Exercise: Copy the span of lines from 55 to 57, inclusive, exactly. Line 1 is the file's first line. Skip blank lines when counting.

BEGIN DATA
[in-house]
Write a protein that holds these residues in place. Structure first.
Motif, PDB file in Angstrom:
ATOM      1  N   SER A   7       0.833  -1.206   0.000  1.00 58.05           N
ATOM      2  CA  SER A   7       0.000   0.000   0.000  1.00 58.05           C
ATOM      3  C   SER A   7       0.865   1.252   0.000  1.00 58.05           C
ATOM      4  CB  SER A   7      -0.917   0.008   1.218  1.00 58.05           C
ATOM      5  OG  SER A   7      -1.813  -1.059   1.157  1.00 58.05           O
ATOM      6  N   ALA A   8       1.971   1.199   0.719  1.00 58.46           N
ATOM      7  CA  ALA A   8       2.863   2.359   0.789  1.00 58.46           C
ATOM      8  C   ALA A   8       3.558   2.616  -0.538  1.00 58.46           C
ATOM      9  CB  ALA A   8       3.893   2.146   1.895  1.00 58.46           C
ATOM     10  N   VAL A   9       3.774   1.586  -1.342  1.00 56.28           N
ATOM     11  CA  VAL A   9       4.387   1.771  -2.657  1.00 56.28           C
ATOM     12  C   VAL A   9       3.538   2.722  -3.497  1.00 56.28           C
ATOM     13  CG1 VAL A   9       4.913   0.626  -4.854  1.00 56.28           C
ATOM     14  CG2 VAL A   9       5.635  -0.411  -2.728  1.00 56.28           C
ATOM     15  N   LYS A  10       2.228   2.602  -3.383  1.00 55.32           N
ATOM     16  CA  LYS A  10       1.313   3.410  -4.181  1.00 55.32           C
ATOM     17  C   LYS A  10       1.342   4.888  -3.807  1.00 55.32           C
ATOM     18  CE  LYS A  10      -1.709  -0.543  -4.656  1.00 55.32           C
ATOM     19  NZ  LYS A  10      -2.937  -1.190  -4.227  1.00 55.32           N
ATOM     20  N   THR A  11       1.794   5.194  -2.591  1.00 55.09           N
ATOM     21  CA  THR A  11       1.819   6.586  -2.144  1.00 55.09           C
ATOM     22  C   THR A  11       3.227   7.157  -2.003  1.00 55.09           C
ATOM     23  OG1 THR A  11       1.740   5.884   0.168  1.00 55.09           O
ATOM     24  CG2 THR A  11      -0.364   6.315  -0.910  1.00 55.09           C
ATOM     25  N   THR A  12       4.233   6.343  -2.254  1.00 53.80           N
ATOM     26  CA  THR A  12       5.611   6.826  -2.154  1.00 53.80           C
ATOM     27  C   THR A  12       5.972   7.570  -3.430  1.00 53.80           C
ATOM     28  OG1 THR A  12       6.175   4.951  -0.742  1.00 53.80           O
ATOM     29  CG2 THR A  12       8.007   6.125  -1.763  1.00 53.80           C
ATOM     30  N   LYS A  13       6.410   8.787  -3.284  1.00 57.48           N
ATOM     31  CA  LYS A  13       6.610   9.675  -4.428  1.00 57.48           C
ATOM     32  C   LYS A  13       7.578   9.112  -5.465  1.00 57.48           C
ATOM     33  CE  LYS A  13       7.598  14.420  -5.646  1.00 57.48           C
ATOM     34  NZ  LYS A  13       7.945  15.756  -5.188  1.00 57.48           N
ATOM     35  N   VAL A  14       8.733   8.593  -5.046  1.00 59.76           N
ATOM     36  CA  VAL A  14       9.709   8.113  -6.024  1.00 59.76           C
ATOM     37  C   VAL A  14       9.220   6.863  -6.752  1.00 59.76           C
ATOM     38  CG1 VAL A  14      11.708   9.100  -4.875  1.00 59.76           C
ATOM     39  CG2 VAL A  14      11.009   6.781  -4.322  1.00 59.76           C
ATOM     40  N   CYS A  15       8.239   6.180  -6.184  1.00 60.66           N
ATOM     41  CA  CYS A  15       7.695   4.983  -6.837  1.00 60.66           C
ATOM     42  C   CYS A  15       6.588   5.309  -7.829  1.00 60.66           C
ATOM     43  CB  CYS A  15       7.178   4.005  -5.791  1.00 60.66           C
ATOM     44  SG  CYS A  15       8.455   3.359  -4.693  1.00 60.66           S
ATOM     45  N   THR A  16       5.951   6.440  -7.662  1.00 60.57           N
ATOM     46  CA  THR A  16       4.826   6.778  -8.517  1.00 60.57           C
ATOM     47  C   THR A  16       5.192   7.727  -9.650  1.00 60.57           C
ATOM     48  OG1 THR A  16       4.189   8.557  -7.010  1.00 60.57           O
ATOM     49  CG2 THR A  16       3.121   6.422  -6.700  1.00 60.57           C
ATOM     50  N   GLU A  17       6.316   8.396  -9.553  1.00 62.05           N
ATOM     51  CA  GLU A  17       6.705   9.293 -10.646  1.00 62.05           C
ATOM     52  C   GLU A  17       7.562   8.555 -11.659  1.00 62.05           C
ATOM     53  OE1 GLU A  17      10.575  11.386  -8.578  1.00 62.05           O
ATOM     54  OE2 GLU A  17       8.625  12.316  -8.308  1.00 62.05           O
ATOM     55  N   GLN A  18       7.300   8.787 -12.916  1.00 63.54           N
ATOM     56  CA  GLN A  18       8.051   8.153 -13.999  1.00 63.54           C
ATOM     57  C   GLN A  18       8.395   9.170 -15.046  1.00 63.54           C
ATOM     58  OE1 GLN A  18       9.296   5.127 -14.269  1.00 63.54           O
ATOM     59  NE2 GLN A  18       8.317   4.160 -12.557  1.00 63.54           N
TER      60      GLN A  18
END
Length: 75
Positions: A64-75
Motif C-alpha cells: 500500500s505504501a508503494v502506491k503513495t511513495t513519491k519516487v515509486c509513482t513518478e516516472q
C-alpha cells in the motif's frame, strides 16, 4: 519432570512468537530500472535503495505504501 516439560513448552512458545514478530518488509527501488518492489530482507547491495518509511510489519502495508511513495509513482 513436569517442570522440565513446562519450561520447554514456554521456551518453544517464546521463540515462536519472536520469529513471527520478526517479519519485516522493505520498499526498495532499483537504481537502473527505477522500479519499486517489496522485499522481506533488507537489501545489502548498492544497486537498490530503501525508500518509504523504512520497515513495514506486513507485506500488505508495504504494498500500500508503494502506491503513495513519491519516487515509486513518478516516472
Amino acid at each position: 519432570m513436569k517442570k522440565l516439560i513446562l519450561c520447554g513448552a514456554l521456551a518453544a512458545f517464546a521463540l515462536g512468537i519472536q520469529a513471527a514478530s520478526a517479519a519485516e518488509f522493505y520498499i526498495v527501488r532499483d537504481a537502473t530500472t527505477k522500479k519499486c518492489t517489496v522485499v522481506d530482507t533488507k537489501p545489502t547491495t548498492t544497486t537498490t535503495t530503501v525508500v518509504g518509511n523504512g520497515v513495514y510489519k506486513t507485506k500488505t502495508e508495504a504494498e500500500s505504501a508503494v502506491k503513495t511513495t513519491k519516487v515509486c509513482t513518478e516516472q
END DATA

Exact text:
ATOM     52  C   GLU A  17       7.562   8.555 -11.659  1.00 62.05           C
ATOM     53  OE1 GLU A  17      10.575  11.386  -8.578  1.00 62.05           O
ATOM     54  OE2 GLU A  17       8.625  12.316  -8.308  1.00 62.05           O